Are We Losing Good Priests Because of Psychological Testing?
Psychological Testing has always intrigued me, so much so that conducting assessments and teaching graduate courses led to a six-year project with two colleagues and the publication of “Psychological Testing Across the Lifespan” by Prentice-Hall. Despite my enthusiasm, there must always be caution surrounding the use of psychological tests. These tools do not make decisions, they are but one of many factors that should be used in making decisions in most situations. Their accuracy is expressed in terms of probabilities, not certainties. Information obtained is exceedingly private and its extraction can be intrusive and even painful.
Paul Vitello raises interesting questions about pyschological testing in his recent New York Times article, “Prospective Catholic Priests Face Sexuality Hurdles.” While much of the article focuses on the possibility that men who are viewed by the “tests” as expressing homosexuality not be admitted to the seminary, my focus today is to compare the process as described by Vitello with the Congregation for Catholic Education’s “Guidelines for the Use of Psychology in the Admission and Formation of Candidates for the Priesthood,” the 2008 document presenting the church’s philosophy and approaches to assessing who possesses the qualities to enter into and remain in the seminary, and its implementation by the more than 200 dioceses in the United States.
The Guidelines place full responsibility for this decision on the “formator” and the diocesan bishop. The assessment and decision process is separate from psychological testing and the documents cautions very strongly that psychological testing is an adjunct and not essential process that is to be used only “in exceptional cases that present particular difficulties (si causus ferat).” Only “in some cases, recourse to experts in the psychological sciences can be useful.” In other words, the tests don’t make decisions, the church does.
Any time that psychological or medical tests are used, decision-makers must take into account false positives and false negatives. A false positive on a test suggests a person has a problem or condition but in reality does not possess this (i.e., pregnancy test is positive but in reality there is not pregnancy; psychological test suggests personality qualities interfering with the priesthood when in reality person could be a fine priest). A false negative says that the person is fine but in reality they possess the problem quality being measured (i.e., psychological test suggests person is fine but person has lied about acts of pedophilia in the past).
For some purposes, employers would rather weed out many persons who could do a good job in a position rather than accept a single person who could cause trouble. Administrators of nuclear power plans, for example, face this decision; many people who could make excellent nuclear operators are not given the chance because of a “possibility” of high anger, impulsivity or paranoid-like thinking suggested on a psychological screening test. I have not seen anyone, even the American Civil Liberties Union, protest this unfairness against particular persons in view of the greater good of society.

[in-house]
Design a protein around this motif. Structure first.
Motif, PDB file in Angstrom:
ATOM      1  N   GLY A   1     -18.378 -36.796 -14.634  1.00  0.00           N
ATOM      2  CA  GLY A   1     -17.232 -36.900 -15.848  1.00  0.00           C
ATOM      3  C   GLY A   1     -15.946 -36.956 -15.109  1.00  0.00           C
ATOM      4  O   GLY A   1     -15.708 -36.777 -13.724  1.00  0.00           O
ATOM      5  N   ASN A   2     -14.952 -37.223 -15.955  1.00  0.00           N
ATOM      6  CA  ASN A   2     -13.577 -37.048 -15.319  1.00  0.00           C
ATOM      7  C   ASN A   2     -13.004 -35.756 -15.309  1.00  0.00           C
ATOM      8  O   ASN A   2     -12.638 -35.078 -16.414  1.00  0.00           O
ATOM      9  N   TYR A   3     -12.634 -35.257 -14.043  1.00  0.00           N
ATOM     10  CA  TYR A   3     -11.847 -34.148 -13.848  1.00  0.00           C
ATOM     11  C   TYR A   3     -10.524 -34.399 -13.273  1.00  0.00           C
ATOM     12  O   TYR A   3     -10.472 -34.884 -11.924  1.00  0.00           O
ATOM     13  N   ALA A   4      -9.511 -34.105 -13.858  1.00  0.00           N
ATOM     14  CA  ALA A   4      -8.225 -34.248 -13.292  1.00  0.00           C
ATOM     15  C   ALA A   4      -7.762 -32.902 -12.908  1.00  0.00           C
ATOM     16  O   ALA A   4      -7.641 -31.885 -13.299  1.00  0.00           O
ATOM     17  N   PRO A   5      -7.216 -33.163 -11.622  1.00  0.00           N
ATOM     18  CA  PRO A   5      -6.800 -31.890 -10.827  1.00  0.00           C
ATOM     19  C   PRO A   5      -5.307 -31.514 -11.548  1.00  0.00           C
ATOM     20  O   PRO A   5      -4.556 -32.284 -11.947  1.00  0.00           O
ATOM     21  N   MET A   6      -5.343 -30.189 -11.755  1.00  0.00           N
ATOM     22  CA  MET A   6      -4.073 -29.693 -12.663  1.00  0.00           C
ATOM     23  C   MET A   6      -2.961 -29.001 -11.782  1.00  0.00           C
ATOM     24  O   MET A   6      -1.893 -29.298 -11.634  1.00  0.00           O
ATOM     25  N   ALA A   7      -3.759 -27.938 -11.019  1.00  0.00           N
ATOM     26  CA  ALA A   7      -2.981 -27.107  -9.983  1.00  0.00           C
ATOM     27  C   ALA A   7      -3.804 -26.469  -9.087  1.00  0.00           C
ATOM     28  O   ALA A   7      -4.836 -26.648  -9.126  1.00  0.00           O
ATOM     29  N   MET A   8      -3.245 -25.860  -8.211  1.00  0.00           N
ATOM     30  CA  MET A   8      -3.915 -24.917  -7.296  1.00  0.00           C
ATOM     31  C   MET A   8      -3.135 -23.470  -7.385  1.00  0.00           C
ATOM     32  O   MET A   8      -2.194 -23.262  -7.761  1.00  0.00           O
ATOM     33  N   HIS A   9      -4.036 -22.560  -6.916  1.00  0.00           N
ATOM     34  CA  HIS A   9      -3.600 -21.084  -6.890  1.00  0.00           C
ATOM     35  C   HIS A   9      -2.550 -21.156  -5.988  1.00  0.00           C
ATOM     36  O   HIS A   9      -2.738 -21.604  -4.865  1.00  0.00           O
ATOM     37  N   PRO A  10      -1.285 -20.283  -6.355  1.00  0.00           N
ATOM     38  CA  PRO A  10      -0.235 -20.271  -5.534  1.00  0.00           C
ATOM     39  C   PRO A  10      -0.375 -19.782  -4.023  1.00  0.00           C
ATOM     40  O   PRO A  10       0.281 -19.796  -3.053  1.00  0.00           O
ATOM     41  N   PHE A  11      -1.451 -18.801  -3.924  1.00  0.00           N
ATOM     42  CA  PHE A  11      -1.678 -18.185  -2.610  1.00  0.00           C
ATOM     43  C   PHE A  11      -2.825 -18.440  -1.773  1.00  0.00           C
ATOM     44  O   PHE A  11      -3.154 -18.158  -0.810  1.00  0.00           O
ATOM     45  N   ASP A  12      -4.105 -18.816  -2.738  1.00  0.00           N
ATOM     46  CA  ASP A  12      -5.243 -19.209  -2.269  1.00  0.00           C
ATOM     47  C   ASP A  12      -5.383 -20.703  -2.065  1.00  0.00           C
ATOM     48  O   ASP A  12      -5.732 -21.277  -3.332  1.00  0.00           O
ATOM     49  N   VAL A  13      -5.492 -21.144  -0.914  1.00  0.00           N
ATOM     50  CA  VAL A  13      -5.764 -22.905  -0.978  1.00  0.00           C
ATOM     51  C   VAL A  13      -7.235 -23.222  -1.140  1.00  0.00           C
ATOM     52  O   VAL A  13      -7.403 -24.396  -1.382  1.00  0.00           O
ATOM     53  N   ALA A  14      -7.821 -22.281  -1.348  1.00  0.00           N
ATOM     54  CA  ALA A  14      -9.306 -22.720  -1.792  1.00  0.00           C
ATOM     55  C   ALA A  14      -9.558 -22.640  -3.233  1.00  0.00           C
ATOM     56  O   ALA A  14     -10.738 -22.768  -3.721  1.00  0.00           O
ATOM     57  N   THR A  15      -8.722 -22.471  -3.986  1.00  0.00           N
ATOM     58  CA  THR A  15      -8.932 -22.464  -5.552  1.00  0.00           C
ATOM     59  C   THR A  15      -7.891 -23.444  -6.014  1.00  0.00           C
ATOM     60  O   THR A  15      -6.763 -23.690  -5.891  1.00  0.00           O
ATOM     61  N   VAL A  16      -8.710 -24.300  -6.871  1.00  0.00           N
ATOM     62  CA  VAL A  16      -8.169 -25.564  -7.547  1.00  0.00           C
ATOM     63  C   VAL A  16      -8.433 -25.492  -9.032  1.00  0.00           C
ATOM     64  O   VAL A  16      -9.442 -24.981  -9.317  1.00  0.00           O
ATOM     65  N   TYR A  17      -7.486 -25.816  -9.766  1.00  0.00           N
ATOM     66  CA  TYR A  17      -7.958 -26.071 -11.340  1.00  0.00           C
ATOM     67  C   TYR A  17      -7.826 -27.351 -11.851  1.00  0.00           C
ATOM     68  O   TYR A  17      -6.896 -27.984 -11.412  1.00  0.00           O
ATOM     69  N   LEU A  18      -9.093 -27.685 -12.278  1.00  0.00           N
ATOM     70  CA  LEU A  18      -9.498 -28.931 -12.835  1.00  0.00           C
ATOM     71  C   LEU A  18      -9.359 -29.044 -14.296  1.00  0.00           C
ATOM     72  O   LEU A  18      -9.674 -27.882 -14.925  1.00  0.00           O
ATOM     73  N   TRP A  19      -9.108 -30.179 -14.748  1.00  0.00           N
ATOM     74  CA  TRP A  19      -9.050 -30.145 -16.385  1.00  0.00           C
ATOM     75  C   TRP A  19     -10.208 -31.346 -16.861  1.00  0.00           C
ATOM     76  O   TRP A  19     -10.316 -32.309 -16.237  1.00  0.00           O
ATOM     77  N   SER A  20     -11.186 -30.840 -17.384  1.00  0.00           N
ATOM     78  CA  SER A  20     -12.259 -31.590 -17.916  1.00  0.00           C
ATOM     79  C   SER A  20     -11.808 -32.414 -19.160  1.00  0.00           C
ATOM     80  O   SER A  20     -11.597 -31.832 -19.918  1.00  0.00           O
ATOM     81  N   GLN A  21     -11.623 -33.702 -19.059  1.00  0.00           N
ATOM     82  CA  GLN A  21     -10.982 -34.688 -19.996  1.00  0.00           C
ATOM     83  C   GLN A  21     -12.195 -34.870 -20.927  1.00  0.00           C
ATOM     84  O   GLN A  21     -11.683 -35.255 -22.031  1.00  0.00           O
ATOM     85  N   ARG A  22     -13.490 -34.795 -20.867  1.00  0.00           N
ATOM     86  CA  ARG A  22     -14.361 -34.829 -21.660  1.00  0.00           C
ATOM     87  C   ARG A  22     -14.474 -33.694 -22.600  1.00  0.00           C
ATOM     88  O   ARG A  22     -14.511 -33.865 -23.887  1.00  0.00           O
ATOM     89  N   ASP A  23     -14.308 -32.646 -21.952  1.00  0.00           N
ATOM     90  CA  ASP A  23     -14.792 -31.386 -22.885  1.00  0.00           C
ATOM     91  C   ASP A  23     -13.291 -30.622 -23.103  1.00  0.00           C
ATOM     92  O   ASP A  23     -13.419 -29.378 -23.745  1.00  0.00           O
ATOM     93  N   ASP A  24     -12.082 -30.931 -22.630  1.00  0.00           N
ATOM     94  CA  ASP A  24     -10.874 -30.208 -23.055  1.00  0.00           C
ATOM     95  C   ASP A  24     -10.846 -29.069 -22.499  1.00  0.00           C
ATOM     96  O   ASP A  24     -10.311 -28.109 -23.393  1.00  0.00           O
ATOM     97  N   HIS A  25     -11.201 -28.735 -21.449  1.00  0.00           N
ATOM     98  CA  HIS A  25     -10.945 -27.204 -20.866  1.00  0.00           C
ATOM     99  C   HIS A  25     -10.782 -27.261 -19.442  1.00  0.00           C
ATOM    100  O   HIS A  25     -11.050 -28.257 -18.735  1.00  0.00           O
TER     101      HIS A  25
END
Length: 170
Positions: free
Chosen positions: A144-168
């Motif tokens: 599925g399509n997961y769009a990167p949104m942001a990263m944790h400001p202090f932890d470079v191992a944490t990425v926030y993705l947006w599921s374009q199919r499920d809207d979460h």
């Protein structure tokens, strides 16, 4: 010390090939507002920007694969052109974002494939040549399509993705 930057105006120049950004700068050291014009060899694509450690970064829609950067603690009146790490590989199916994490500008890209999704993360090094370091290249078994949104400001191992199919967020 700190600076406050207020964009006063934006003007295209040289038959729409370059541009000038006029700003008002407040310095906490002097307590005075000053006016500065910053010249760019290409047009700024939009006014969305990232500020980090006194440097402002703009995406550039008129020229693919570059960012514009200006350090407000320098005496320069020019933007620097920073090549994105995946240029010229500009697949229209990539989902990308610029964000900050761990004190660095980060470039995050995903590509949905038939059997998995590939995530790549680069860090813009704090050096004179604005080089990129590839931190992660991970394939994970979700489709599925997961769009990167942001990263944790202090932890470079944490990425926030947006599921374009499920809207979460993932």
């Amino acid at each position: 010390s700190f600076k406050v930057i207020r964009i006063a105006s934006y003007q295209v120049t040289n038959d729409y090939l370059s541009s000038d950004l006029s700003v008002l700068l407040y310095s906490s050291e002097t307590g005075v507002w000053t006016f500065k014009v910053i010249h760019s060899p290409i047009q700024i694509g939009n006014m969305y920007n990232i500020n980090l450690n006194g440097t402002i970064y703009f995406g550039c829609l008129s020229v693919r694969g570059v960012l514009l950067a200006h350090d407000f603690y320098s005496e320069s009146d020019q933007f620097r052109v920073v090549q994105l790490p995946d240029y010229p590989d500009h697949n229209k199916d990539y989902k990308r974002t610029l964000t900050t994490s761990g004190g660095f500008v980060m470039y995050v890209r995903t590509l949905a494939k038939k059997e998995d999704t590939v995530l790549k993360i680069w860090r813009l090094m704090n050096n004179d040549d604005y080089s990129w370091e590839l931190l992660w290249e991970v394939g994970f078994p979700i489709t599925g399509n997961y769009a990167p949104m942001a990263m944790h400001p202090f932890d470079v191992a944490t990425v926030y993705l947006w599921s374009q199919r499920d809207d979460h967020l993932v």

Paul Vitello spoke with several people in the church about seminarian selection and his article left the strong impression that the psychological tests are being used to “screen out” p[ropsoective candidates rather than a tool being used only “in exceptional circumstances,” as required by the Vatican Guidelines. It is difficult to know what is really going on because “many church officials have been reluctant to discuss the screening process, and its details differ from diocese to diocese.”
How do other professions guard the integrity and psychological health of those working in their field--occupations such as school teachers, psychologists, social workers, pediatricians, day care workers, or school bus drivers? I have never heard of any of these professions requiring psychological testing as a pre-requisite for admission to the field. Many people (including myself) would bristle even at this suggestion, for it would mean that far too many people would not be allowed to follow their life’s dream, their guaranteed (at least traditionally so in America) right of the pursuit of happiness. There are other ways to guard against improprieties.
For example, these other professions rely on intense internship supervision. Practitioners must account for their work by obtaining a license, undergoing peer supervision and supplying the proper paperwork if they have regular contact with children. In some fields, such as mental health, professionals undergo regular supervision long into their career. I have not noticed a similar transparency of work supervision in the priesthood.
So here are the questions we face: are psychological tests being inappropriately used with all candidates to the seminary, contradicting Vatican Guidelines that they only be used in exceptional cases? Are we losing men who would become good priests? Is the priesthood becoming a calling no healthy young man would want to pursue (nor would any parent encourage) because of the extremely intrusive admission process?
These questions could be addressed if we had data on how many men are applying for admission to the seminary each year. If many or most of these men were receiving psychological testing upfront rather than being assessed by a team in extensive process guided by formators, it would seem that the Vatican Guidelines are not being followed, and that we are indeed losing more than a few good priests. Is this fair and in the best interests of all concerned?
William Van Ornum